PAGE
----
A Slice Of American History: Antebellum Louisiana And Yellow Fever
American history is fascinating, especially in cases like this
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I’m currently reading a fascinating interview about the economy of Louisiana prior to the civil war, which squares with a lot of my current interests.
The center of cotton production and innovation during America’s early years was Mississippi, but the conduit between Mississippi cotton and the rest of the world was New Orleans, which became America’s primary cotton export point and Europe’s biggest supplier of cotton before the mid-19th century. By the time of Louisiana’s sale to the US by Napoleon in 1803, the country was on the brink of an economic revolution driven by cotton, the scale of which reminds me of the internet during the dot-com era, with its ability to attract and build wealth at dizzying speeds.
Between 1800 and mid-19th century, because of the invention of a means to rapidly separate cotton fibers from their seeds (tenth grade history is ringing), cotton production ballooned from less than 200,000 bales per year to more than 4 million. Less than 20 years after the American Revolutionary War, the United States found itself as a nascent economic powerhouse, supplying nearly 80% of the cotton used to fuel Great Britain’s textile manufacturing industry.
To illustrate what the United States had found itself at the center of, here’s an excerpt from a piece on the early cotton industry in the Atlantic:
One author boldly estimated that in 1862, fully 20 million people worldwide—one out of every 65 people alive—were involved in the cultivation of cotton or the production of cotton cloth. In England alone, which still counted two-thirds of the world’s mechanical spindles in its factories, the livelihood of between one-fifth and one-fourth of the population was based on the industry; one-tenth of all British capital was invested in it, and close to one-half of all exports consisted of cotton yarn and cloth. Whole regions of Europe and the United States had come to depend on a predictable supply of cheap cotton. Except for wheat, no “raw product,” so the Journal of the Statistical Society of London declared, had “so complete a hold upon the wants of the race.”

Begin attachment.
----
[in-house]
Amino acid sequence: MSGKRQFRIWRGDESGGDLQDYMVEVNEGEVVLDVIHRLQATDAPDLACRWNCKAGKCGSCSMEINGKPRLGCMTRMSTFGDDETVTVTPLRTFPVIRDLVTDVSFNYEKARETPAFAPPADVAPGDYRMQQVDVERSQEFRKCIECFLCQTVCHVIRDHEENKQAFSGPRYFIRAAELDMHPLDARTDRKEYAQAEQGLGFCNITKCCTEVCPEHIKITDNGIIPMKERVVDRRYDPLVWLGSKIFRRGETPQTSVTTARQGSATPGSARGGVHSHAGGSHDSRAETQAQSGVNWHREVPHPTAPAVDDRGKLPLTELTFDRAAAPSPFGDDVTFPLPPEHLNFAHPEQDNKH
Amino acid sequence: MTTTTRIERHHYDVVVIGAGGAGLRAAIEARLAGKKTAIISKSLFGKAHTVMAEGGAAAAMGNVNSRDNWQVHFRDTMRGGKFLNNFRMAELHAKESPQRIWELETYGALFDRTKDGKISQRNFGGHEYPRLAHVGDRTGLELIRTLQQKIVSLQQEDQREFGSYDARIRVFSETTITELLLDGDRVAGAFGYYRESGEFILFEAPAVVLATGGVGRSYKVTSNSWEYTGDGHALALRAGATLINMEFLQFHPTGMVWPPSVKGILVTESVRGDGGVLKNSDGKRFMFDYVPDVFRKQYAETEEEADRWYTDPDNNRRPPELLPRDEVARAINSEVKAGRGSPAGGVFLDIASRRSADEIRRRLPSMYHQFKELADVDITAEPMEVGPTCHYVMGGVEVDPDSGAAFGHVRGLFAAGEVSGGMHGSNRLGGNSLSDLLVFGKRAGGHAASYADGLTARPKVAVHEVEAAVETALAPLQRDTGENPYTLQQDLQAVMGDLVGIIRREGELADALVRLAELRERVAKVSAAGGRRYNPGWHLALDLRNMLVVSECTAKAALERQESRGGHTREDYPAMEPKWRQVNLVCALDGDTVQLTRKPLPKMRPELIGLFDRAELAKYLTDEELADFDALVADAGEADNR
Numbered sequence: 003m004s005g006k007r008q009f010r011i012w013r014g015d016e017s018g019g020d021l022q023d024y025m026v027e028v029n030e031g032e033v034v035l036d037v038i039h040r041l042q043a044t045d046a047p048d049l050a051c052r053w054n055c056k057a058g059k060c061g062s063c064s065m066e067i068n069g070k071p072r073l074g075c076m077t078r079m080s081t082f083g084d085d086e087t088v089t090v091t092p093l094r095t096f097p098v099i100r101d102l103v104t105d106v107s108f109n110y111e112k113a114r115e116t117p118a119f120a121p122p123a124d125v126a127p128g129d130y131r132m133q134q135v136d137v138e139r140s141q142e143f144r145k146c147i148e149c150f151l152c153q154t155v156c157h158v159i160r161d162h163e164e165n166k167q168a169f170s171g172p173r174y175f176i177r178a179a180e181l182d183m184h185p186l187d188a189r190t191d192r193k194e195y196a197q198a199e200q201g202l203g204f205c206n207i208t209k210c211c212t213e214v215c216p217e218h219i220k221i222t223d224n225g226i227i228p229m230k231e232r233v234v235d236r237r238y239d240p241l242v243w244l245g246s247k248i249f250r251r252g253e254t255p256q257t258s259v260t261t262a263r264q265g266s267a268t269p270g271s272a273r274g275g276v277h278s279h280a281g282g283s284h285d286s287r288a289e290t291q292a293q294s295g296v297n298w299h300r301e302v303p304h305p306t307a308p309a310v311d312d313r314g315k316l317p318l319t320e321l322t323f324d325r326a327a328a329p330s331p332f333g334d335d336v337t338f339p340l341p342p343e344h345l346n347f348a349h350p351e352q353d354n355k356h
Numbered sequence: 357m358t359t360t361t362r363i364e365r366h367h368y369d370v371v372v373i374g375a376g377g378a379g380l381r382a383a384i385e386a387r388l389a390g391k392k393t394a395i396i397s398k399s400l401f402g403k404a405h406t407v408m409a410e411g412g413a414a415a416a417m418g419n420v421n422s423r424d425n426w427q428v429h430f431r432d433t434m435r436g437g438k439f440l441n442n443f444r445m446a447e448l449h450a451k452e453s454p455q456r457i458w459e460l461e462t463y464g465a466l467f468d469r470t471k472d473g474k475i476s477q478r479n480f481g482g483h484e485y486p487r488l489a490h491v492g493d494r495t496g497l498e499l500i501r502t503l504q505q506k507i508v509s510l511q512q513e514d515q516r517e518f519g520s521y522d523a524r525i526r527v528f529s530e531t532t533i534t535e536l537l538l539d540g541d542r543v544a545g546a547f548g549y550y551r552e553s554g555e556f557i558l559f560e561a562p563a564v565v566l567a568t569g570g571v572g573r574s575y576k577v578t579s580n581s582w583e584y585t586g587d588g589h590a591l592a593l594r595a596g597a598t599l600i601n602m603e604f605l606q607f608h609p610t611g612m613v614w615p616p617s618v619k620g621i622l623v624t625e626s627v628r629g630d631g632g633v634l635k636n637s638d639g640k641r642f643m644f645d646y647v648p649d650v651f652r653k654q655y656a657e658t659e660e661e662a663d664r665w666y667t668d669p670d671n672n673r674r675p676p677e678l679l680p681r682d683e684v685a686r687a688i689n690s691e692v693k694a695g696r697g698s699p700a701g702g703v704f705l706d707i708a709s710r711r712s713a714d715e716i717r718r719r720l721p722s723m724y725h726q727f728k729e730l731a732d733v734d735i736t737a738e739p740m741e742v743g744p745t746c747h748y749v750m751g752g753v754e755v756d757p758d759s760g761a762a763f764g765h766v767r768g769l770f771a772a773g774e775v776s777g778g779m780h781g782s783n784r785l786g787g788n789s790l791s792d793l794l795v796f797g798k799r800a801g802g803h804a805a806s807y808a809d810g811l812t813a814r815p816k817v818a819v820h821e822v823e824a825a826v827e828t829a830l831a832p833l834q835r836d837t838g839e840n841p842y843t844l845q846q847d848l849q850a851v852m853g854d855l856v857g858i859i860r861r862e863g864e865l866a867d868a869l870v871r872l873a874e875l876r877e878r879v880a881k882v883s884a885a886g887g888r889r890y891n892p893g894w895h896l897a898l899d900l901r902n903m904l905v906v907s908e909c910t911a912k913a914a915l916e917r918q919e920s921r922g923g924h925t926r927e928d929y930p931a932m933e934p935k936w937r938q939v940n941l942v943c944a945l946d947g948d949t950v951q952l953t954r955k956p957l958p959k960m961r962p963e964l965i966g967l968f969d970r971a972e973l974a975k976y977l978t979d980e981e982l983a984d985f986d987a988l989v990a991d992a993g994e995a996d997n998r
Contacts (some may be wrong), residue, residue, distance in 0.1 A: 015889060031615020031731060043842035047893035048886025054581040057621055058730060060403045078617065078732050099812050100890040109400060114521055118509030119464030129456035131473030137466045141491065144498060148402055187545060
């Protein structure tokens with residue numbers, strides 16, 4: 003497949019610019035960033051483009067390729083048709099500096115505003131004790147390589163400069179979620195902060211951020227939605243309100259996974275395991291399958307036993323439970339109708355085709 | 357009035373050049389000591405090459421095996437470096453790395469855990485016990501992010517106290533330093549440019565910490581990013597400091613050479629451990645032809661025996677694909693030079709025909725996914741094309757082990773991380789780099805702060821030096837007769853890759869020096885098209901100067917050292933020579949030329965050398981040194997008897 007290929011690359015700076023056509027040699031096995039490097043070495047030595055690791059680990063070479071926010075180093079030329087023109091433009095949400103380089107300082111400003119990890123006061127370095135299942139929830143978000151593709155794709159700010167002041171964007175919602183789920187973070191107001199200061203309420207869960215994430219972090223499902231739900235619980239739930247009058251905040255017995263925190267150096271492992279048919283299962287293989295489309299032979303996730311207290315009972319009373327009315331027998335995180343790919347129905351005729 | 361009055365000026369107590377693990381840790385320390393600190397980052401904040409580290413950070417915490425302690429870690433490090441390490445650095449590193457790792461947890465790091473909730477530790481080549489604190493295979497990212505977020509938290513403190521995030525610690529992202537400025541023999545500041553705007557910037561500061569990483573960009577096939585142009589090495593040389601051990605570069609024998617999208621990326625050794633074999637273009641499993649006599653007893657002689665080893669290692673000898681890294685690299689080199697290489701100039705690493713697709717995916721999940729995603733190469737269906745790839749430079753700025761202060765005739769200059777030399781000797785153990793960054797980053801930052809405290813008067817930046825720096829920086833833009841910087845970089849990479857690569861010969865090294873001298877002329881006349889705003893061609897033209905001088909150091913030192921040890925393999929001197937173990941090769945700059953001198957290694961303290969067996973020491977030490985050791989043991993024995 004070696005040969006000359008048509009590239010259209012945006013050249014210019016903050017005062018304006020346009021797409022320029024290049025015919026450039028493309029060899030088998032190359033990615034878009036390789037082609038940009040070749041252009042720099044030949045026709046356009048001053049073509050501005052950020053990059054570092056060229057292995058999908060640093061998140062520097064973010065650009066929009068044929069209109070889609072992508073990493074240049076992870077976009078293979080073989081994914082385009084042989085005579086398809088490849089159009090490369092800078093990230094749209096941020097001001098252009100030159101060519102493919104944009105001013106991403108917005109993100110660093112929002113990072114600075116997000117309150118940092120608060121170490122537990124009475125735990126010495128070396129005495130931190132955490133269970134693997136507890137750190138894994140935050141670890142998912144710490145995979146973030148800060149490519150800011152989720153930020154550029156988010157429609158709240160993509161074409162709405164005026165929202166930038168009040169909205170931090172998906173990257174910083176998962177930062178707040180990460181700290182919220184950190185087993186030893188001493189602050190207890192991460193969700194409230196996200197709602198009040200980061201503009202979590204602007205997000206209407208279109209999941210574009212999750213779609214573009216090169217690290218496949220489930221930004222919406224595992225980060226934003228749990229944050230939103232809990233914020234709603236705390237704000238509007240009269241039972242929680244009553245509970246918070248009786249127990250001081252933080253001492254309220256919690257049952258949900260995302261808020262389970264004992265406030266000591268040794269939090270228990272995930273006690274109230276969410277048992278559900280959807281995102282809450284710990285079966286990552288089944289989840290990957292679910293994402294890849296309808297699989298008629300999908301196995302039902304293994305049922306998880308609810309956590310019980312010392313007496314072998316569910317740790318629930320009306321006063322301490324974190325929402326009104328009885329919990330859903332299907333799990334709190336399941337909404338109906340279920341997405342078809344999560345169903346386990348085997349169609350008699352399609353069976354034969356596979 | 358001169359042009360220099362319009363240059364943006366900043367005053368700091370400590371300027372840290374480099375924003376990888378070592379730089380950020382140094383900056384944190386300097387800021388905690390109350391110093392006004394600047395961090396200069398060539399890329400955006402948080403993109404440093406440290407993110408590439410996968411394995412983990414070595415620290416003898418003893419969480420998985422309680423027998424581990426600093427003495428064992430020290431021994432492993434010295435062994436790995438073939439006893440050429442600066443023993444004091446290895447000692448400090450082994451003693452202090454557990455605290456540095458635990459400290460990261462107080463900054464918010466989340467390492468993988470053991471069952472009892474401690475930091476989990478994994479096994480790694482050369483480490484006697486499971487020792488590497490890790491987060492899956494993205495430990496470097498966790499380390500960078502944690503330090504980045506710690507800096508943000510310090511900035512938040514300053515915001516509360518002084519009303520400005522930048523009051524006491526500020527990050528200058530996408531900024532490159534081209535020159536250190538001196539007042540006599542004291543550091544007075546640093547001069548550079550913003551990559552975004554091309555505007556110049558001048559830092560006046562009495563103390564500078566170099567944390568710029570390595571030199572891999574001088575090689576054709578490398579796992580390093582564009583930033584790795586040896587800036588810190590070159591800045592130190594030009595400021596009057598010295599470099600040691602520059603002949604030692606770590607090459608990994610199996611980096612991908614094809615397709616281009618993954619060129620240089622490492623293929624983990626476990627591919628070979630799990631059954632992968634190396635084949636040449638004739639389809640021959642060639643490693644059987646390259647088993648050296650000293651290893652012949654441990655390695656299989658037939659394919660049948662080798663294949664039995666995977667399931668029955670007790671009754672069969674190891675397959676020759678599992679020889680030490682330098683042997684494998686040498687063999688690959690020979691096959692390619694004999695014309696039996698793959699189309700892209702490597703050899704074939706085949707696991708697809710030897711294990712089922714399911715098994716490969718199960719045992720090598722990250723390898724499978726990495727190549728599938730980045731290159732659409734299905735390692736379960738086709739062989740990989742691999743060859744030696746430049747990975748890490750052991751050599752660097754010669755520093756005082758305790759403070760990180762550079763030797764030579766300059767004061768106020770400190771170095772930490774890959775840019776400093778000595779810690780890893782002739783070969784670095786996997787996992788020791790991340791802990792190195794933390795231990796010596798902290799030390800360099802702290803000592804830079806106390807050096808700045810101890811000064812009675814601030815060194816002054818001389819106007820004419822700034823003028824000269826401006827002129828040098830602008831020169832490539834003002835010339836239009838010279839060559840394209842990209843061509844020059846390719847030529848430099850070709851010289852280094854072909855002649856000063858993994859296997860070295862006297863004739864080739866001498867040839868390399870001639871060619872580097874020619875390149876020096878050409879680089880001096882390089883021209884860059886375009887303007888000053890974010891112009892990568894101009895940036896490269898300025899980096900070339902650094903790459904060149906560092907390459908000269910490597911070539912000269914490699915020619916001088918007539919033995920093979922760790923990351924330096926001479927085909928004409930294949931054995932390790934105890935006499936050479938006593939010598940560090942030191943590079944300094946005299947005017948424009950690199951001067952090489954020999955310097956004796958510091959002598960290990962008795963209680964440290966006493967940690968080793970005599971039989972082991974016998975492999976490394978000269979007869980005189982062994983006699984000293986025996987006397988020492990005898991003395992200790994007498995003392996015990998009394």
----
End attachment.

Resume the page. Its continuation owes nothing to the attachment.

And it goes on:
The industry that brought great wealth to European manufacturers and merchants, and bleak employment to hundreds of thousands of mill workers, had also catapulted the United States onto center stage of the world economy, building “the most successful agricultural industry in the States of America which has been ever contemplated or realized.” Cotton exports alone put the United States on the world economic map. On the eve of the Civil War, raw cotton constituted 61 percent of the value of all U.S. products shipped abroad. Before the beginnings of the cotton boom in the 1780s, North America had been a promising but marginal player in the global economy.
It just seems as if the United States is a kind of accidental promised land, a doppelgänger Yisroel. The nation keeps finding itself at the forefront of economic revolutions which produce obscene and unprecedented wealth. I’d like to read more about the causes of this outlier-quality in American economic history some time later. For now I’ll just say that It’s probably a safe bet to assume that things will just somehow continue to be this way for the foreseeable future. I’ll bet against China, Russia, India, whoever, any day, any time. Opportunity lives here in the US even though I sometimes wish it lived elsewhere.
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